The American Civil War,
(1802 - 1887)
Edited by: Robert Guisepi
Thank you to
Shotgun's Home of the American Civil
War for this fine work.
noted social reformer, Dix became the Union's Superintendent
of Female Nurses during the Civil War. The soft spoken yet
autocratic crusader had spent more than 20 years working for
improved treatment of mentally ill patients and for better
prison conditions. A week after the attack on Fort Sumter,
Dix, at age 59, volunteered her services to the Union and
received the appointment in June 1861 placing her in charge
of all women nurses working in army hospitals. Serving in
that position without pay through the entire war, Dix
quickly molded her vaguely defined duties.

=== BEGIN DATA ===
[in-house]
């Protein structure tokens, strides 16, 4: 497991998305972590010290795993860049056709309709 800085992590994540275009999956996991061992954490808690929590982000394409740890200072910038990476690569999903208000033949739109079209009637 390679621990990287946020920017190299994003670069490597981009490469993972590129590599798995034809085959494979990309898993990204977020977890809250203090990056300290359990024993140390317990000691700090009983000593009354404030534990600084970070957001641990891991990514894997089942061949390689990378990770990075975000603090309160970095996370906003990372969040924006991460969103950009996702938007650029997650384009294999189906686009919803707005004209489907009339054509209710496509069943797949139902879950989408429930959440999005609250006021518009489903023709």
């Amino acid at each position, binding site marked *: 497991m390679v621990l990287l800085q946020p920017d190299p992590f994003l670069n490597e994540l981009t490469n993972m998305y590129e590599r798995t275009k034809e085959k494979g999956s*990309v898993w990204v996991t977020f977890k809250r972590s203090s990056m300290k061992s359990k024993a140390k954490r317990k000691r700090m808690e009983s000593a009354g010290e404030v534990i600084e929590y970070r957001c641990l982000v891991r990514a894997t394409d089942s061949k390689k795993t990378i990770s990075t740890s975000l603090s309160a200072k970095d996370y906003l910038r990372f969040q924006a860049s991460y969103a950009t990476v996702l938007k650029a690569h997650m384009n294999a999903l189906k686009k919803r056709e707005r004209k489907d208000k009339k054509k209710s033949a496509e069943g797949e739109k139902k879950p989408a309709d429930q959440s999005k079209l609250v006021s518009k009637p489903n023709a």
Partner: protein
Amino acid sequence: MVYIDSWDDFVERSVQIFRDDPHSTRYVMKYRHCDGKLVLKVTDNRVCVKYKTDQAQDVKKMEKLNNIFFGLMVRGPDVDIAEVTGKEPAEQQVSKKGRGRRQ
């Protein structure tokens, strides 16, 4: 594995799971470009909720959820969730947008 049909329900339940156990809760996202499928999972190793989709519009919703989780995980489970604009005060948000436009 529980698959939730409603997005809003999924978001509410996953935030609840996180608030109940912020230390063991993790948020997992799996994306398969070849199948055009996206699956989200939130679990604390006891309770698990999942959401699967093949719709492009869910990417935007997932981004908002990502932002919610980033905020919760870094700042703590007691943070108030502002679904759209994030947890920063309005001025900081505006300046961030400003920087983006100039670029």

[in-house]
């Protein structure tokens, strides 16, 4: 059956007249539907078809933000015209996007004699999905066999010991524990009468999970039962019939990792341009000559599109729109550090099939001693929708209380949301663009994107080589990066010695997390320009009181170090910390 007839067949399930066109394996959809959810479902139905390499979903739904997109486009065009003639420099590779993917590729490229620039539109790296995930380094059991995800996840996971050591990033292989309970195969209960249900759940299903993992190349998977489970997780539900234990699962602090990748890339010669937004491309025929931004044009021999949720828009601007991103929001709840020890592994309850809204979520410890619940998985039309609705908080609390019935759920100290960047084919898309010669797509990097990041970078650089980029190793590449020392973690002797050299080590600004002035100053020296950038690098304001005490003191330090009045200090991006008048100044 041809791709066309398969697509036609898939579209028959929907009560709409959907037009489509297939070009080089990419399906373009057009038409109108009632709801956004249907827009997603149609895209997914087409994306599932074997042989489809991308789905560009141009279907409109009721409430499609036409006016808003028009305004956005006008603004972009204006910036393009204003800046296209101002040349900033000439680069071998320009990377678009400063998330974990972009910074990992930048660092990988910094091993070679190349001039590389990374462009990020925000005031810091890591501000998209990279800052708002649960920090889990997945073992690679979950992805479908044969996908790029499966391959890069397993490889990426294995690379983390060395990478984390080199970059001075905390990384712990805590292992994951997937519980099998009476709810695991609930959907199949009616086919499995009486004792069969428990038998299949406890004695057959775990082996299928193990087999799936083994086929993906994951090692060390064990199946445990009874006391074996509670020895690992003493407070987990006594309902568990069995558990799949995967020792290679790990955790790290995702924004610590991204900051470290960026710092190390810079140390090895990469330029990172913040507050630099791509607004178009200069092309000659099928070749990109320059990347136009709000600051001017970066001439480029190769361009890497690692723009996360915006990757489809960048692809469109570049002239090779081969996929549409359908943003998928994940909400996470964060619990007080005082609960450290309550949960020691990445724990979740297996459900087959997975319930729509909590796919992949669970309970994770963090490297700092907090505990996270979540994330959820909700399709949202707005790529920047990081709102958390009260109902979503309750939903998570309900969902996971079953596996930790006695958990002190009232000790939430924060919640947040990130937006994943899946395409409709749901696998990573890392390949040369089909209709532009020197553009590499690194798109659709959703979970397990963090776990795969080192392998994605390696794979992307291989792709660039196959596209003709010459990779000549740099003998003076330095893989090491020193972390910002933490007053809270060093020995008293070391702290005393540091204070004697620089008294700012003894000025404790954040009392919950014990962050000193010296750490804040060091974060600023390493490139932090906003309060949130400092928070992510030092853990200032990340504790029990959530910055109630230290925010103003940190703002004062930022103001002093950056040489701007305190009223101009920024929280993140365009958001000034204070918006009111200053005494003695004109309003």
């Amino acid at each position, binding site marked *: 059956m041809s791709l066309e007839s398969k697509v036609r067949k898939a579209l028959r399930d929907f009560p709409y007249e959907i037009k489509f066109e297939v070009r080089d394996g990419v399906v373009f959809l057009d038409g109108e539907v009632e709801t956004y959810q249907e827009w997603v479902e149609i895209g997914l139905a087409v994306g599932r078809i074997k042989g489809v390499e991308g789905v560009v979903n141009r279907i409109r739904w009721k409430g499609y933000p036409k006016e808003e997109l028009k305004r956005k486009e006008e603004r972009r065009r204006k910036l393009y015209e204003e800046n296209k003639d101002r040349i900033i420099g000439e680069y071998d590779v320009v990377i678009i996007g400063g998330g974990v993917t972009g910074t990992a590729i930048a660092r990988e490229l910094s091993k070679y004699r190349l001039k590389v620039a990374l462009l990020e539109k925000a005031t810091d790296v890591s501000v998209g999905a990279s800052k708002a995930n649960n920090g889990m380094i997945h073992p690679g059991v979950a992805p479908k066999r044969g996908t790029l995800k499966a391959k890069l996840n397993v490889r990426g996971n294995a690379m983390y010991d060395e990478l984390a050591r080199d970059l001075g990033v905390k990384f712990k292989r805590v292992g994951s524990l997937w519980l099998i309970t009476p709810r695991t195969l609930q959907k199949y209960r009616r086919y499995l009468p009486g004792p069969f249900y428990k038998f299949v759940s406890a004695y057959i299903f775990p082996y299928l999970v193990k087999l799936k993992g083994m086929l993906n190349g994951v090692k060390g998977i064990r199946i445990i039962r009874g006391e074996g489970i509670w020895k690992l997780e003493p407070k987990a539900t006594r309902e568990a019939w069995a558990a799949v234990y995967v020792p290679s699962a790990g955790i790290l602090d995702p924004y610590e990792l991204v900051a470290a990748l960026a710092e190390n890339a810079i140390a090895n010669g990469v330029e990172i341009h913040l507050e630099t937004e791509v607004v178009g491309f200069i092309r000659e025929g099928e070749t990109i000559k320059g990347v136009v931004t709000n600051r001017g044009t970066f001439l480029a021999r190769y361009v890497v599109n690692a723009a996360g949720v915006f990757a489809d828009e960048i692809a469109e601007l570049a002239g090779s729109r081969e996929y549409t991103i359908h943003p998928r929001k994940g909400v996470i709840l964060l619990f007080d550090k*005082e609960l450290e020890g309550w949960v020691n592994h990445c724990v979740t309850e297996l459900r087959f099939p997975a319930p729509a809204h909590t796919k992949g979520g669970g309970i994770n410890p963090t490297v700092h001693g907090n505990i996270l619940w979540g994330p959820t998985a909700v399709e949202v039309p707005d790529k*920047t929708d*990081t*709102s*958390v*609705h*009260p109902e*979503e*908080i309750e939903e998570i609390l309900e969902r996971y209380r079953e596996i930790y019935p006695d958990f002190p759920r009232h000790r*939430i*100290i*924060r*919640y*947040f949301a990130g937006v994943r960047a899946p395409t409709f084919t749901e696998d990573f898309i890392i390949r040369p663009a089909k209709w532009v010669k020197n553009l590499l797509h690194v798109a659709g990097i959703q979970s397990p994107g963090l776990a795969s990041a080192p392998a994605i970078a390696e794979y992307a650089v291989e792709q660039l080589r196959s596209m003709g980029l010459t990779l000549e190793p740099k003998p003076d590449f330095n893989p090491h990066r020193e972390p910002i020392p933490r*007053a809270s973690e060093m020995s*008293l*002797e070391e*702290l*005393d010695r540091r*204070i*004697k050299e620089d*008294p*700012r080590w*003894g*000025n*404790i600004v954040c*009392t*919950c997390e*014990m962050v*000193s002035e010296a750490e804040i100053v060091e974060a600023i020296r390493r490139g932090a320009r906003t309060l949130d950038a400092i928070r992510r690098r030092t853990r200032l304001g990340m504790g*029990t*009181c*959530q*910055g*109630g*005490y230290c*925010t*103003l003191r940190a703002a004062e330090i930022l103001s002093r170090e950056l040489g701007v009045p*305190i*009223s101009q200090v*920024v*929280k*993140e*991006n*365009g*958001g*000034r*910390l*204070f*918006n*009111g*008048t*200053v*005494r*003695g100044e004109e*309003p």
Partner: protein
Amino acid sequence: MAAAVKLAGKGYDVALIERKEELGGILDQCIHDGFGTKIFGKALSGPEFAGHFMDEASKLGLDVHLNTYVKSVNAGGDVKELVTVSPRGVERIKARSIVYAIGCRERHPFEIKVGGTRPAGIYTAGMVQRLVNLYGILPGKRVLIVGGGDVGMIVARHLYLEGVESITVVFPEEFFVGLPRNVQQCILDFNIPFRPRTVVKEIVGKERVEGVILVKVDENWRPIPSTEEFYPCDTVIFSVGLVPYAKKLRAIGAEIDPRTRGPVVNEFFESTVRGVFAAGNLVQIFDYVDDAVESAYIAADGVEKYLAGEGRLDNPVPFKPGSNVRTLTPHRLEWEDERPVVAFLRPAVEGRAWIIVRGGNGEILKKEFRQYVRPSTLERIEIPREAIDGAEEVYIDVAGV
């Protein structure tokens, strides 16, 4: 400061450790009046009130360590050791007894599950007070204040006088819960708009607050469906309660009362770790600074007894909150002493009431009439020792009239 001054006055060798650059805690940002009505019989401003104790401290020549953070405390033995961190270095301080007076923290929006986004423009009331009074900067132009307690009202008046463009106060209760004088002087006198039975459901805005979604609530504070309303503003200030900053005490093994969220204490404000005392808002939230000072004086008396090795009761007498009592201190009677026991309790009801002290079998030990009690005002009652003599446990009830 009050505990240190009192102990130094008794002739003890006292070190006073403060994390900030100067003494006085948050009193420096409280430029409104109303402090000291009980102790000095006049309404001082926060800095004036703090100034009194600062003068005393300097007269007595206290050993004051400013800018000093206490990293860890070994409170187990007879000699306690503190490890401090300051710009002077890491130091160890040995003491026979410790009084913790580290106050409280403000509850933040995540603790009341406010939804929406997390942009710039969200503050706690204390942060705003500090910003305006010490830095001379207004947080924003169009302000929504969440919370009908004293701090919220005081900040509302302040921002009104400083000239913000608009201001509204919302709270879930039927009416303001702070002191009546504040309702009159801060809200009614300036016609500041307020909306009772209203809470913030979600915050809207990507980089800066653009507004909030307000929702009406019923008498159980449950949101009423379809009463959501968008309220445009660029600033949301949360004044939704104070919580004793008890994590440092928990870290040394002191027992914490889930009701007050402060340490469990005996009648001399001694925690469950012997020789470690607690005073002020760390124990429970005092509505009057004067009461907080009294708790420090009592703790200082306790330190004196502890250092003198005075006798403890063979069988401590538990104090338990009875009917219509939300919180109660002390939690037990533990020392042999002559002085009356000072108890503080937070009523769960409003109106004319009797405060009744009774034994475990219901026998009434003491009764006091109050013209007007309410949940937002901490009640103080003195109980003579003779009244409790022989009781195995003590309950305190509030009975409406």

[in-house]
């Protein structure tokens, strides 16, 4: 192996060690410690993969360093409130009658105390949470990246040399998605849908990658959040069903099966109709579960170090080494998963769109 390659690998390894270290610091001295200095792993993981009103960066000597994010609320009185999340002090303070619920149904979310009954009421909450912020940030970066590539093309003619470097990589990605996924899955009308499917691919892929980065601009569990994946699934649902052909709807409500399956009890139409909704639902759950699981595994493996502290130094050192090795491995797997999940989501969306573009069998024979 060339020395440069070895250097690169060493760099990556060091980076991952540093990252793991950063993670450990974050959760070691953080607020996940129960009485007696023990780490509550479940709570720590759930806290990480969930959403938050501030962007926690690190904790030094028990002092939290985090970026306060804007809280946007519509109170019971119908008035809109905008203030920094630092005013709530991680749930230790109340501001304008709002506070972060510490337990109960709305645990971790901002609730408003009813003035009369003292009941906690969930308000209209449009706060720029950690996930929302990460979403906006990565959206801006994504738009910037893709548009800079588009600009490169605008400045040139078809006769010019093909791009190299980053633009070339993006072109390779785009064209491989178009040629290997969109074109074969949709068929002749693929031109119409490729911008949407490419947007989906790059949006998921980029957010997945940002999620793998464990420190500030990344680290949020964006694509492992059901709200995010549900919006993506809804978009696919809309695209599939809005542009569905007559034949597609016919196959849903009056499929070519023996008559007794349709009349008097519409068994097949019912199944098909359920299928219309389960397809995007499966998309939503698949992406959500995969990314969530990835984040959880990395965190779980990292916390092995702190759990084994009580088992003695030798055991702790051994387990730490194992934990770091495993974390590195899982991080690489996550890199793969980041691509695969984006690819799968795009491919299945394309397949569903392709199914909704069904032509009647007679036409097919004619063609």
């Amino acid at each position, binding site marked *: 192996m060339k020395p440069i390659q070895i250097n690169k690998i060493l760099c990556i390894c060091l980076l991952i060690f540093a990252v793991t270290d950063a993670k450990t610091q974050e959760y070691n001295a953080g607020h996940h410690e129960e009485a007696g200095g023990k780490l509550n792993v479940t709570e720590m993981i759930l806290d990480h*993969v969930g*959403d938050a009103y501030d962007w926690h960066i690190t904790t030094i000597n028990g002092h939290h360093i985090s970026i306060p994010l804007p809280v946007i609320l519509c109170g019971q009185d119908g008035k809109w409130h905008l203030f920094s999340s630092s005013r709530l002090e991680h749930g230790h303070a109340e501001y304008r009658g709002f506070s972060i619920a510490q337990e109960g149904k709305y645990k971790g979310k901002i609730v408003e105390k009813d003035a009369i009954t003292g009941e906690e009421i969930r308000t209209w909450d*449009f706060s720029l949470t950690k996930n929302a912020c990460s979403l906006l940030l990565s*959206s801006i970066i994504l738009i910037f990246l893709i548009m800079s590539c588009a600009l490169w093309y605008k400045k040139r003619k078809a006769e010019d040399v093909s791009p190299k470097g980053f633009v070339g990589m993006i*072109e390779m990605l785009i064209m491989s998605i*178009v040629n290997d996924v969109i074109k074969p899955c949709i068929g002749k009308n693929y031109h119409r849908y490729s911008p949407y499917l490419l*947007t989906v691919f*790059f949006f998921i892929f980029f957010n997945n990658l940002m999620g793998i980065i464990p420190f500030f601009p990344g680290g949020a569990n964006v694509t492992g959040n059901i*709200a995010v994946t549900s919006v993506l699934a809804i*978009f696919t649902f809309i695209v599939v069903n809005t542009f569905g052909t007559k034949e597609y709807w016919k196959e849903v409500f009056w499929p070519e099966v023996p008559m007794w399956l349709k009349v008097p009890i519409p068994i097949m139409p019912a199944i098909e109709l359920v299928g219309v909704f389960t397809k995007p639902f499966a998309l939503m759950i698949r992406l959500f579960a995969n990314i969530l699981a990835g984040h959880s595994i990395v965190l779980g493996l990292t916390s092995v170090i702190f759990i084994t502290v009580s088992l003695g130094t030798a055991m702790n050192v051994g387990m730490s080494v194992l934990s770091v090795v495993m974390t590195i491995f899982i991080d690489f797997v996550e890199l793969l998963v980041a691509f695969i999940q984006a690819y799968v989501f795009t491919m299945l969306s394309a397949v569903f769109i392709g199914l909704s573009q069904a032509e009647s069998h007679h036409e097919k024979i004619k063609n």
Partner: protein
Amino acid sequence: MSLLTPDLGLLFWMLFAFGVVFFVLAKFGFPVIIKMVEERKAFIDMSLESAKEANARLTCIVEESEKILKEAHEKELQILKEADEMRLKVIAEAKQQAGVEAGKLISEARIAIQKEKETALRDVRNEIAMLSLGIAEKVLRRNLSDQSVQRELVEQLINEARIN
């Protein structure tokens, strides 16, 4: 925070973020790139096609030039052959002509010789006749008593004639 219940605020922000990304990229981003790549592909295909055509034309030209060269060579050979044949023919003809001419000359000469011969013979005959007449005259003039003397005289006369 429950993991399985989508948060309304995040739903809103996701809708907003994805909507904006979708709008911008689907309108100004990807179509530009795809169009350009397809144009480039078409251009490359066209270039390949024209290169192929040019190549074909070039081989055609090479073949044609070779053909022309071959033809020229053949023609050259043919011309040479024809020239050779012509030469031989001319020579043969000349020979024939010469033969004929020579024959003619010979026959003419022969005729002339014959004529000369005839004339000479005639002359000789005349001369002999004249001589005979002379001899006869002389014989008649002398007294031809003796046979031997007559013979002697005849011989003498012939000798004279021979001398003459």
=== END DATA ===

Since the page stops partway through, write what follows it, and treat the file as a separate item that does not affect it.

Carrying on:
She convinced skeptical military officials,
unaccustomed to female nurses, that women could perform the
work acceptably, and then recruited women. Battling the
prevailing stereo types-and accepting many of the common
prejudices herself-Dix sought to ensure that her ranks not
be inundated with flighty and marriage-minded young women by
only accepting applicants who were plain looking and older
than 30. In addition, Dix authorized a dress code of modest
black or brown skirts and forbade hoops or jewelry.
Even with these strict and arbitrary requirements,
relaxed somewhat as the war persisted, a total of over 3,000
women served as Union army nurses. Called "Dragon Dix" by
some, the superintendent was stern and brusque, clashing
frequently with the military bureaucracy and occasionally
ignoring administrative details. Yet, army nursing care was
markedly improved under her leadership.
Dix looked after the welfare of both the nurses, who
labored in an often brutal environment, and the soldiers to
whom they ministered, obtaining medical supplies from
private sources when they were not forthcoming from the
government. At the war's conclusion, Dix returned to her
work on behalf of the mentally ill.